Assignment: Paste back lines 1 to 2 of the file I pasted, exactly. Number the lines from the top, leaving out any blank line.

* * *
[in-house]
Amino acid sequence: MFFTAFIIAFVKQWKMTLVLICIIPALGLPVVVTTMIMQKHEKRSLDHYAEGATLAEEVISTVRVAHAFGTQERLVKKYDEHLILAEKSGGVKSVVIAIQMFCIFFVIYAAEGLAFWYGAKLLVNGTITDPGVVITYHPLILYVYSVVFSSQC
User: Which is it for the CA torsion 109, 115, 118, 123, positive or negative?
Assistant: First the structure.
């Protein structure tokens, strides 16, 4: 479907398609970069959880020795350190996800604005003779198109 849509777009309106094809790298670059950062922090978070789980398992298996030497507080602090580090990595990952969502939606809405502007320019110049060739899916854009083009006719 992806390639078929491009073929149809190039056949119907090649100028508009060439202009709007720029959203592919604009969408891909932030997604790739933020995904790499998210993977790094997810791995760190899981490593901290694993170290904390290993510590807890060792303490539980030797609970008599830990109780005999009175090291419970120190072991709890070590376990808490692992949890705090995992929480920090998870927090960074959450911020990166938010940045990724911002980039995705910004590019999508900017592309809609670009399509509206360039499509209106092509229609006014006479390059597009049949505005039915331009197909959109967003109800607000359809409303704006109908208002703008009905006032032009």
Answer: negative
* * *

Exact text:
[in-house]
Amino acid sequence: MFFTAFIIAFVKQWKMTLVLICIIPALGLPVVVTTMIMQKHEKRSLDHYAEGATLAEEVISTVRVAHAFGTQERLVKKYDEHLILAEKSGGVKSVVIAIQMFCIFFVIYAAEGLAFWYGAKLLVNGTITDPGVVITYHPLILYVYSVVFSSQC